Thursday, 26 November 2015

Female status in the west and its debt to Christ

Jesus Christ has had a huge and growing effect on history, as described in Who is this man? By John Ortberg, one that has grown from humble beginnings in Jerusalem  to  inspire the lives of billions and transform societies  2000 years later in a variety of ways and His influence continues to  grow. 

As noted by H.G.Wells  in ‘The Greatest  Men in History’:

The historian’s view of an individual’s greatness is ‘what did he leave to grow?’ Did  he start men to thinking along fresh lines with a vigor that persisted after him? By this test Jesus stands first.

The incarnation of our Creator into humanity not surprisingly had numerous profound effects, including the infusion of the divine into situations of suffering and sin, something requiring deep prayer and meditation to comprehend but  God chooses to make spontaneously available in many cases.  Even though only partially understood and sometimes wrongly portrayed by the powerful institutions, both secular and clerical, Christ has transformed the world to a degree which makes Christian society more humane, free, democratic  and technologically advanced than any other (look around the world today and tell me you don't agree, bearing in mind that most non-Christian nations, such as India and China, have been  influenced by the west in modern times).

One of the many unique contributions of Jesus Christ to human progress was the effect on the place of women in society and how he overturned tens of thousands of years of entrenched exploitation of females worldwide. Here I will list just a few points:

Image result for imago dei virgin maryThe Virgin Mary, mother of Jesus. Hundreds of virgin births occur in nature every year. While this has theological significance in the case of Mary, signalling that God had not favoured any biological blood line for His entry into humanity, it also illustrates the essential complementarity  between the gender roles which God chose for his incarnation.  He could have just appeared out of nowhere, like an angel, but to be fully human He had to go through all the stages of life from visceral birth to  physical death and interact fully with both genders.

The Samaritan woman at the well.   Jesus’s  longest recorded conversation with one person was with a woman, a Samaritan (a sect despised by the Jews) who had been married 5 times.  It was a conversation about her relationship to God and  ‘many of the Samaritans from that town believed in him because of the woman’s testimony.’  It was to her that Christ gave this eternally powerful statement:  But whosoever drinketh of the water I shall give him shall never thirst; but the water that I shall give him shall be in him a well of water springing up into everlasting life. (John 4:14)

Women followers.  Jesus travelled from place to place spreading the gospel.  Following him were the 12 disciples, Mary Magdalene, Joanna wife of Chuza from Herod’s court, who was the manager of Herod’s household,  Suzanna and a host of others (see Matthew 27:55, Luke 8:1-3).  Joanna used her comparative wealth to help in spreading the word. This was unprecedented and must have raised many an eyebrow. Respectable women and unmarried girls were expected to remain at home, out of sight.

Healing and resurrection of women. Jesus healed a woman who for 12 years had been sick with a flow of blood and, uniquely, without a word having been spoken beforehand.  She just touched his cloak from behind while being surrounded by  a crowd and the healing power flowed into her.   Later that day  he resurrected the daughter of Jairus, the ruler of a synagogue, having been called to his house.  (see Matthew 9:18-26, Mark 5:22-42, Luke 8:41-55.)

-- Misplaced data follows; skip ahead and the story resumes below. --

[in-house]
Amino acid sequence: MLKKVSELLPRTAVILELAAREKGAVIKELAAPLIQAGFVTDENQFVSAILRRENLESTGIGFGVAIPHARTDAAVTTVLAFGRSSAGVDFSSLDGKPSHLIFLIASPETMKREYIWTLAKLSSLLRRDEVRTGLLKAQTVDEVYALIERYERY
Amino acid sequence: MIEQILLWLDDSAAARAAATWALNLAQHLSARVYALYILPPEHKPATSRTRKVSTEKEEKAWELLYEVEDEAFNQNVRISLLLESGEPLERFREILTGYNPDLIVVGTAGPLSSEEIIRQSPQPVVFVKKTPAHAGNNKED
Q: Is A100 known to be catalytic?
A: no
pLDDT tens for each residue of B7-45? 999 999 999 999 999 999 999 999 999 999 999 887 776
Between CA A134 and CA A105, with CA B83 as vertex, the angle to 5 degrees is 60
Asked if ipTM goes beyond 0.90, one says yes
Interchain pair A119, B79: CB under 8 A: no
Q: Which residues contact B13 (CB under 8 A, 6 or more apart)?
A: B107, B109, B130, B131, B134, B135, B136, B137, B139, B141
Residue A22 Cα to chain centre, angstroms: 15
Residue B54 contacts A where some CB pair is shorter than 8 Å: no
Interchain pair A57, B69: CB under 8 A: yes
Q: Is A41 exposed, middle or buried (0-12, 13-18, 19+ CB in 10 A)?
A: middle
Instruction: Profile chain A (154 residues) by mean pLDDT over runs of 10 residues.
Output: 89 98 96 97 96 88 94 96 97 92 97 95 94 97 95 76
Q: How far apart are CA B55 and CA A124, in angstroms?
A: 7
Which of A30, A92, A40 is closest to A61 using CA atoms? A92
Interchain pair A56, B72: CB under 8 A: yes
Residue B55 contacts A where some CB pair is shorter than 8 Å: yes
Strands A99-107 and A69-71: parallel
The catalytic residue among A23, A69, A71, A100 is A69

Martha and Mary. Jesus  was invited into the house of Martha , Mary and Lazarus of Bethany. While Martha prepared food Mary sat listening to Jesus. Martha resented this but was rebuked by Jesus who made clear to her the importance of spiritual values. This, I believe, would have been unusual, given the general status of females at that time.  He could have chosen to say this to a man but he was here to relate to and influence humanity, not just men; and humanity involved male and female in complimentary roles and equal before God.  It also emphasized that the woman’s role was not confined to domestic duties, important though these are. (See Luke 10:38-42.)

Gathering to anoint Christ's body.  The Bible relates that on the morning after the Sabbath, as early as they could possibly come without breaking the Sabbath, Mary Magdalene, Mary the mother of James the lesser and Joses (also called "the other Mary"), Salome the wife of Zebedee, and Mary the mother of the apostles James and John,  came with spices to anoint His body and prepare it for burial.(See Mark 16:1-2.)

The discovery of the empty tomb . The gospels record that the empty tomb was discovered by  Mary Magdalene of Magdala and other women, and it was to her  that an angel first announced the Resurrection, something which no one was expecting and was probably the most cosmically significant event since beings with the imago deo had  appeared on earth.   Not surprisingly Mary  initially met with disbelief  from the male disciples, who had dispersed and become demoralized as their belief in him as the Messiah ebbed away on witnessing his ignominious death. (See  Matthew 28:1-10;  Mark 16:1-8; Luke 24:1-8.)

Women in the book of Acts.  There are numerous cases of single or married women preaching or teaching the gospel, or being healed or resurrected by one of the disciples. Paul’s first European convert was Lydia (Acts 16:40), who was used by God to house him and Timotheus.  Also in Acts 9:36-42 Dorcas full of good works, died and was raised by the Lord through Peter.  For a detailed listing of women's contributions to the spreading of Christianity in the first century see

fn photo fn clayton 1891
Florence Nightingale, pioneer of modern heallthcare
Women through history. As the influence of Christ spread, however imperfectly,  throughout the world  women played an increasingly important role in history, whether as nuns in convents or  mystics [e.g. St Therese of Lisieux (1873-1897); St Julian of Norwich (1342-1416)] or major forces for good in society. Dozens could be listed. FlorenceNightingale’s (1820-1910) God- inspired initiatives in the Crimean War were an essential precursor to the nursing vocation and the founding of the NHS in the UK following WW2. She also pioneered the application of statistical techniques and is said to have invented the pie chart.   And innumerable social reformers and founders of charities throughout the 19th and 20th centuries have been women. The Quaker Elizabeth Fry, for instance, was responsible for the Prison Act of 1823, while William Wilberforce was campaigning to outlaw slavery for the first time in
Mother Teresa
Mother Teresa followed a vision from Christ
history. The blessed Mother Teresa (1910-1997) worked in Calcutta  as a nun and a missionary. She left a privileged upbringing after a vision from Christ.